Toni here, borrowing the blog from ROCCO for today, to talk a bit about the new DARK SHADOWS movie!
I went to my local theatre Friday night with a feeling of anticipation. I’ve been a fan of the soap opera since I saw my first episode of it in 1968 – Angelique was Cassandra then, married to Roger Collins, threatening Barnabas who, thanks to an experiment by a mad scientist/doctor had become totally human, the vampiric part of his life force living in a creature named Adam. Angelique was in league with Nicholas Blair, a scion of the Devil, and the two of them were trying to locate Adam but for very different reasons – Nicholas wanted to control him so that he could be “bred” to create a race of superbeings that would be subservient to Lucifer; Angelique wanted to kill him so that Barnabas would revert back to being a vampire (as described on the tape Dr. Lang left and she oh so conveniently overheard David Collins playing).
The above is just a sample of the premier storytelling that contributed to making Dark Shadows what it was in its heyday – the most watched soap opera on television. The above is what would have drastically improved the Johnny Depp/Tim Burton remake. Or even stealing an idea from the new comic book series would have helped. Any sort of plot, (except a cemetery one) would have been helpful.
Because while Dark Shadows, the movie is indeed a visual feast for the eyes, it left me cold in terms of storytelling – possibly because major chunks were left dangling. We’re introduced to Victoria Winters early on, but there’s no hint, as in the soap, that she might be Elizabeth Stoddard’s abandoned daughter – instead we’re told she’s really Maggie Evans, and we can assume (from the resemblance and from the fact the ghost keeps haunting her) she’s supposed to be a reincarnation of Josette, Barnabas’s lost love. In the soap that honor went to Maggie, before Barnabas fell in love with Victoria, so I guess that was the writer’s way of combining that aspect into a neat little package – but it left me cold. So, too, did Barnabas’ relationship with the witch Angelique, who was now a rival cannery owner and theprimary reason why the current Collins family (headed by M ichelle Pfeiffer in the role Joan Bennett made famous, and clearly the best thing in this movie) has fallen into ruin. Most of the movie centers around Barnabas’s trying to adjust to life 200 years later (or as Angelique puts it, “don’t’ exaggerate – it was only 196 years in that coffin) and his love hate relationship with Angelique (or “Angie” as she’s known) Honest, we could have done without that sex scene – and if you blinked, you missed the all too brief appearance at the party by the late Jonathan Frid, (who no doubt, is rolling over in his grave), Kathryn Leigh Scott, Lara Parker and a still handsome David Selby.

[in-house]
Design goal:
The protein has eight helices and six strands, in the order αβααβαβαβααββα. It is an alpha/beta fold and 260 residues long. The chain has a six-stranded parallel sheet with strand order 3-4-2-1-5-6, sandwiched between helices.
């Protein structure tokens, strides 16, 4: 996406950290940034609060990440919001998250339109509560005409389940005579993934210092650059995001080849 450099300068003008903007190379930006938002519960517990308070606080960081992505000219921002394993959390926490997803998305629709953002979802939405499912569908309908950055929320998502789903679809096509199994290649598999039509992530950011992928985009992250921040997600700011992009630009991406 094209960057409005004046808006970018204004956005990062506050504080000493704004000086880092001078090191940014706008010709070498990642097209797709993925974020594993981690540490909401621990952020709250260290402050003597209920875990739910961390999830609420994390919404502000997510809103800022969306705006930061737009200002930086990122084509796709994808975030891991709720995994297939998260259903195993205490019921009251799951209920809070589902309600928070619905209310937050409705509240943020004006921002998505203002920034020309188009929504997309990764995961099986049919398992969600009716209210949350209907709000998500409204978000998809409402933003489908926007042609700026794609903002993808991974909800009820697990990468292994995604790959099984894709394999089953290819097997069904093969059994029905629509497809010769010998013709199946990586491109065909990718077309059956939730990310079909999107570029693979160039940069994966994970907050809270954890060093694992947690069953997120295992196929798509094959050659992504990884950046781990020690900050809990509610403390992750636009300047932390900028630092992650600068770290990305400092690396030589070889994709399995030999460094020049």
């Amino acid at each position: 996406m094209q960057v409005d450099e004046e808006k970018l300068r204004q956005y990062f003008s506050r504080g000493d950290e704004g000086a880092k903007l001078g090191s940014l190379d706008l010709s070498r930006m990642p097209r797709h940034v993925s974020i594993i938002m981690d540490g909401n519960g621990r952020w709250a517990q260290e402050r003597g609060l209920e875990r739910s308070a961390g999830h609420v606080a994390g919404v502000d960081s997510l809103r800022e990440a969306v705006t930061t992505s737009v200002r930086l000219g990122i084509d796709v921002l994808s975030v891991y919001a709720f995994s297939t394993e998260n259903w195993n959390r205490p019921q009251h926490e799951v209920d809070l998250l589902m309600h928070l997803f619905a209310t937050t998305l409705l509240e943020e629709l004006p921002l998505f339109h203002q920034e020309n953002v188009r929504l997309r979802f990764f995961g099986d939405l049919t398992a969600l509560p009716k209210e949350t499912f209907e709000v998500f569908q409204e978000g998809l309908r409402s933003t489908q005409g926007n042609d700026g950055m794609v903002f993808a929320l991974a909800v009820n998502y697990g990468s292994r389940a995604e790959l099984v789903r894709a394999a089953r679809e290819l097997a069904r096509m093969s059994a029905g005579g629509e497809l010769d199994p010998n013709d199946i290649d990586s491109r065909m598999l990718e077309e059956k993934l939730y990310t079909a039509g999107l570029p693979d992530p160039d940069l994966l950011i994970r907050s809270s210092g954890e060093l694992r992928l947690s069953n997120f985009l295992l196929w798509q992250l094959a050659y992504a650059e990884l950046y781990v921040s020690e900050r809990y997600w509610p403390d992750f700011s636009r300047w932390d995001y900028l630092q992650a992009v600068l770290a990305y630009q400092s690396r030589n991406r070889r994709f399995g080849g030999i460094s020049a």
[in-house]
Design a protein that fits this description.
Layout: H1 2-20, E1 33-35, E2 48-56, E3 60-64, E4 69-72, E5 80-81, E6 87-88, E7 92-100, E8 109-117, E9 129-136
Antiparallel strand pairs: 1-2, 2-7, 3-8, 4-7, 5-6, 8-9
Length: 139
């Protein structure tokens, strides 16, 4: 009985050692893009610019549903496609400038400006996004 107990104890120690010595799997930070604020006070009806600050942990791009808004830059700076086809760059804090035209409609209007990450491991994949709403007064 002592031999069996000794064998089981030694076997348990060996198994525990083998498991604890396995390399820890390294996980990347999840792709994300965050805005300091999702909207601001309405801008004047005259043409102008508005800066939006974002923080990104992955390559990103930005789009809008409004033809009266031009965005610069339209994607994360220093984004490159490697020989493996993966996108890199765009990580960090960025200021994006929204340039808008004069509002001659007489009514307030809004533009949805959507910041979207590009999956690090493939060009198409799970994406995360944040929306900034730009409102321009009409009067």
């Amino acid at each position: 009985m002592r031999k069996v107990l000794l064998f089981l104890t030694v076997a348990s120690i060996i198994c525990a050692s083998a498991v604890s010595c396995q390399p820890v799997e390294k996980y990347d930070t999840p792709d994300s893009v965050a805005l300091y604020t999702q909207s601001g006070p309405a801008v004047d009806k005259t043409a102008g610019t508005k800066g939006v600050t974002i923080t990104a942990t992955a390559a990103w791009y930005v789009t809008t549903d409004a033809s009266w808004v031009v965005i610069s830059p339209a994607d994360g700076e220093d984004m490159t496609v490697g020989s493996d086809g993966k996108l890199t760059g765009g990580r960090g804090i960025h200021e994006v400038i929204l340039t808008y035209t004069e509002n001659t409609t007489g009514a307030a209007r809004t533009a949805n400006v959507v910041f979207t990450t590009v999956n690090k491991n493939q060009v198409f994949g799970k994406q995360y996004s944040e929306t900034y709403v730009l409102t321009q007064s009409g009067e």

SPOILER ALERT**** IF YOU HAVEN’T SEEN THE MOVIE SKIP THIS******
My biggest beef, though, is what they did with the character of Dr. Julia Hoffman. An integral part of Barnabas’s life, the original Julia, portrayed by the late Grayson Hall, suffered a severe case of unrequited love as Barnabas bounced from female to female (Josette, Vicki, Roxanne, Maggie, and finally…good God! Angelique!) before the series end, never realizing the jewel that stood by his side through thick and thin – and also the one woman in the cast nearest his age. J (Frid was 45 when he portrayed Barnabas, Hall in her early 50’s – and all the other loves of his life were barely 25 – talk about a May December)
That’s not what irritates me the most – why, oh why, do they insist on killing off Dr. Hoffman in every movie version of Dark Shadows (okay, there are only three – but STILL!). In House of Dark Shadows she buys it after giving Barnabas an overdose of the serum she was using to cure his vampirism (she was jealous of Maggie) and he strangles her. IN the new DS movie, he realizes she’s using HIS blood and injecting it into herself in an attempt to stave off old age and he strangles her and drops her body at the bottom of the lake. Now granted, in the original tv series Dr. Hoffman was supposed to meet a grisly end at Barnabas’s hands – and up until Vicki went back in time the two of them were sworn enemies – but throughout the series they ended up best friends, buds if you will, and it just makes my blood boil why they have to continually kill off the one woman on that show who was the perfect mate for him – even if he didn’t see it.
Aside from that, my final verdict – it wasn’t as bad as I thought it would be, but not as good as it could have been. My advice is to go see it and judge for yourself!
ROCCO will return later in the week. Next week we’re hosting author Gina Robinson.
HUMAN TO ROCCO, INCREDIBLE BLOGGING CAT